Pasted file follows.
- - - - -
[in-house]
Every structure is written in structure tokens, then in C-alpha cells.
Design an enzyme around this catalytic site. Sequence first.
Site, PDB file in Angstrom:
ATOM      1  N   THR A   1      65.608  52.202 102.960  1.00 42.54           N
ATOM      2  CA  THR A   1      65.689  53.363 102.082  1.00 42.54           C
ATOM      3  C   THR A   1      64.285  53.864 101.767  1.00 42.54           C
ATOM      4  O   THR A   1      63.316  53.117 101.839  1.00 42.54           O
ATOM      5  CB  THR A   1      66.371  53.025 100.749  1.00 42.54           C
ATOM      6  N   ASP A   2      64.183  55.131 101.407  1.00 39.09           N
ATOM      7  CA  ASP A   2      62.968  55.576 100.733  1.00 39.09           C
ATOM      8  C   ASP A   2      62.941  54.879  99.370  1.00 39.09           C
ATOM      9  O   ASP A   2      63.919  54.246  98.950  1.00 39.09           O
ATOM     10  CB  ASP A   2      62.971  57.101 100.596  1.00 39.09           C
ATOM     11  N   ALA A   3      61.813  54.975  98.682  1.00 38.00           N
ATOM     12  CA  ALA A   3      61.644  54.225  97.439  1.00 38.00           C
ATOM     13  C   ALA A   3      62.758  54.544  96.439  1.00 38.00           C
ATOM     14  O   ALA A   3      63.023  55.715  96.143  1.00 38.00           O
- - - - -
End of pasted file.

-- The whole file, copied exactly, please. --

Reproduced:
[in-house]
Every structure is written in structure tokens, then in C-alpha cells.
Design an enzyme around this catalytic site. Sequence first.
Site, PDB file in Angstrom:
ATOM      1  N   THR A   1      65.608  52.202 102.960  1.00 42.54           N
ATOM      2  CA  THR A   1      65.689  53.363 102.082  1.00 42.54           C
ATOM      3  C   THR A   1      64.285  53.864 101.767  1.00 42.54           C
ATOM      4  O   THR A   1      63.316  53.117 101.839  1.00 42.54           O
ATOM      5  CB  THR A   1      66.371  53.025 100.749  1.00 42.54           C
ATOM      6  N   ASP A   2      64.183  55.131 101.407  1.00 39.09           N
ATOM      7  CA  ASP A   2      62.968  55.576 100.733  1.00 39.09           C
ATOM      8  C   ASP A   2      62.941  54.879  99.370  1.00 39.09           C
ATOM      9  O   ASP A   2      63.919  54.246  98.950  1.00 39.09           O
ATOM     10  CB  ASP A   2      62.971  57.101 100.596  1.00 39.09           C
ATOM     11  N   ALA A   3      61.813  54.975  98.682  1.00 38.00           N
ATOM     12  CA  ALA A   3      61.644  54.225  97.439  1.00 38.00           C
ATOM     13  C   ALA A   3      62.758  54.544  96.439  1.00 38.00           C
ATOM     14  O   ALA A   3      63.023  55.715  96.143  1.00 38.00           O